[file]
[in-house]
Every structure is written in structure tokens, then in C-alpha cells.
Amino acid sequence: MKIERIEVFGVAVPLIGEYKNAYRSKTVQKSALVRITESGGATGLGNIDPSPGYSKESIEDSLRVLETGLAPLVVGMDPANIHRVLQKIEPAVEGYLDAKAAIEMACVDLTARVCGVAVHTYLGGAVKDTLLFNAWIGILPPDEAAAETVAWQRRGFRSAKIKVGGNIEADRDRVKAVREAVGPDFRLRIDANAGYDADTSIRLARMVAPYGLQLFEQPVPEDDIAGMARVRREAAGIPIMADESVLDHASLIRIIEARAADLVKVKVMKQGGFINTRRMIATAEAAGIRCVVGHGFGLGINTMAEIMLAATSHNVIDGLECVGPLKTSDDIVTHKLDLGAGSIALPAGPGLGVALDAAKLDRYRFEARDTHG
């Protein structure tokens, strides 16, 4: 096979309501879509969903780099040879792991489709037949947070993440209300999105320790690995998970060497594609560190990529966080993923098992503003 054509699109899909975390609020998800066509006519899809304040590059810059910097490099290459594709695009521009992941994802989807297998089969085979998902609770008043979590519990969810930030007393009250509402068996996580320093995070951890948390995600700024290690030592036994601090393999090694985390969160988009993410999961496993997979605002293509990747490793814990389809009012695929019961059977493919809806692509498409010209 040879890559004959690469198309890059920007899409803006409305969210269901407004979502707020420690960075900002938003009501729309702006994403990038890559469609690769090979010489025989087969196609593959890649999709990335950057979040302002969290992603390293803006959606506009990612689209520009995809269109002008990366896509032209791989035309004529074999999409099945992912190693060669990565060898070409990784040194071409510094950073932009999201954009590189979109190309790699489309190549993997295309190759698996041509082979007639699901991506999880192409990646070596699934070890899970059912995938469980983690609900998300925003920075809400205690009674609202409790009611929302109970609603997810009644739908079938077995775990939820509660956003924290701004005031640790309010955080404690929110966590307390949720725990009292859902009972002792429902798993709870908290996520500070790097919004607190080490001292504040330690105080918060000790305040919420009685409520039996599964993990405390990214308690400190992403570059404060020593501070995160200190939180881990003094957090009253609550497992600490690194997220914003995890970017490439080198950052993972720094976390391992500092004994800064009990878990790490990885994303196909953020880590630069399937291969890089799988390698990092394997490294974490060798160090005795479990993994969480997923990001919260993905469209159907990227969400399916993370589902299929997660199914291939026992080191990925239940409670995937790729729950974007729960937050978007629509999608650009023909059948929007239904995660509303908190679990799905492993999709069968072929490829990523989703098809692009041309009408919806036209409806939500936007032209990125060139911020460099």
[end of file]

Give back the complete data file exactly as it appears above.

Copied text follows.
[in-house]
Every structure is written in structure tokens, then in C-alpha cells.
Amino acid sequence: MKIERIEVFGVAVPLIGEYKNAYRSKTVQKSALVRITESGGATGLGNIDPSPGYSKESIEDSLRVLETGLAPLVVGMDPANIHRVLQKIEPAVEGYLDAKAAIEMACVDLTARVCGVAVHTYLGGAVKDTLLFNAWIGILPPDEAAAETVAWQRRGFRSAKIKVGGNIEADRDRVKAVREAVGPDFRLRIDANAGYDADTSIRLARMVAPYGLQLFEQPVPEDDIAGMARVRREAAGIPIMADESVLDHASLIRIIEARAADLVKVKVMKQGGFINTRRMIATAEAAGIRCVVGHGFGLGINTMAEIMLAATSHNVIDGLECVGPLKTSDDIVTHKLDLGAGSIALPAGPGLGVALDAAKLDRYRFEARDTHG
């Protein structure tokens, strides 16, 4: 096979309501879509969903780099040879792991489709037949947070993440209300999105320790690995998970060497594609560190990529966080993923098992503003 054509699109899909975390609020998800066509006519899809304040590059810059910097490099290459594709695009521009992941994802989807297998089969085979998902609770008043979590519990969810930030007393009250509402068996996580320093995070951890948390995600700024290690030592036994601090393999090694985390969160988009993410999961496993997979605002293509990747490793814990389809009012695929019961059977493919809806692509498409010209 040879890559004959690469198309890059920007899409803006409305969210269901407004979502707020420690960075900002938003009501729309702006994403990038890559469609690769090979010489025989087969196609593959890649999709990335950057979040302002969290992603390293803006959606506009990612689209520009995809269109002008990366896509032209791989035309004529074999999409099945992912190693060669990565060898070409990784040194071409510094950073932009999201954009590189979109190309790699489309190549993997295309190759698996041509082979007639699901991506999880192409990646070596699934070890899970059912995938469980983690609900998300925003920075809400205690009674609202409790009611929302109970609603997810009644739908079938077995775990939820509660956003924290701004005031640790309010955080404690929110966590307390949720725990009292859902009972002792429902798993709870908290996520500070790097919004607190080490001292504040330690105080918060000790305040919420009685409520039996599964993990405390990214308690400190992403570059404060020593501070995160200190939180881990003094957090009253609550497992600490690194997220914003995890970017490439080198950052993972720094976390391992500092004994800064009990878990790490990885994303196909953020880590630069399937291969890089799988390698990092394997490294974490060798160090005795479990993994969480997923990001919260993905469209159907990227969400399916993370589902299929997660199914291939026992080191990925239940409670995937790729729950974007729960937050978007629509999608650009023909059948929007239904995660509303908190679990799905492993999709069968072929490829990523989703098809692009041309009408919806036209409806939500936007032209990125060139911020460099």